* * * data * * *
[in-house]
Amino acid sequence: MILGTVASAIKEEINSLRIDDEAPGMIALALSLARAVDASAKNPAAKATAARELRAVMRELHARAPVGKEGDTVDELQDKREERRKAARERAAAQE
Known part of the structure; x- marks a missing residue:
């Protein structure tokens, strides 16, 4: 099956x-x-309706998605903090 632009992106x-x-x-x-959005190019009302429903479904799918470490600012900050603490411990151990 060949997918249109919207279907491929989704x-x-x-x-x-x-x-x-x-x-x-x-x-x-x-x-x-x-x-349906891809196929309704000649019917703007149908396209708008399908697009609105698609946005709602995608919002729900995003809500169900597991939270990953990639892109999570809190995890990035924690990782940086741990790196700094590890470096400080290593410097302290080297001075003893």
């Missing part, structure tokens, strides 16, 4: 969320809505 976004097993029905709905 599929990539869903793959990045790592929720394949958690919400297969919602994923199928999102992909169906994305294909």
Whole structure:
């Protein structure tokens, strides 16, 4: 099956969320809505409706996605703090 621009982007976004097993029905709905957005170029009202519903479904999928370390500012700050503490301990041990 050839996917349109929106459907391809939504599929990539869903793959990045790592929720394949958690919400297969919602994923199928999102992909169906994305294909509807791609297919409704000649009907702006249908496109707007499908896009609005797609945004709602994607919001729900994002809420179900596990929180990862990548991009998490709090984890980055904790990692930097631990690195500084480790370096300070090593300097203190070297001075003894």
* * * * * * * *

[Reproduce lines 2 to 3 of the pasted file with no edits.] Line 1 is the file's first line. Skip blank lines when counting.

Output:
Amino acid sequence: MILGTVASAIKEEINSLRIDDEAPGMIALALSLARAVDASAKNPAAKATAARELRAVMRELHARAPVGKEGDTVDELQDKREERRKAARERAAAQE
Known part of the structure; x- marks a missing residue: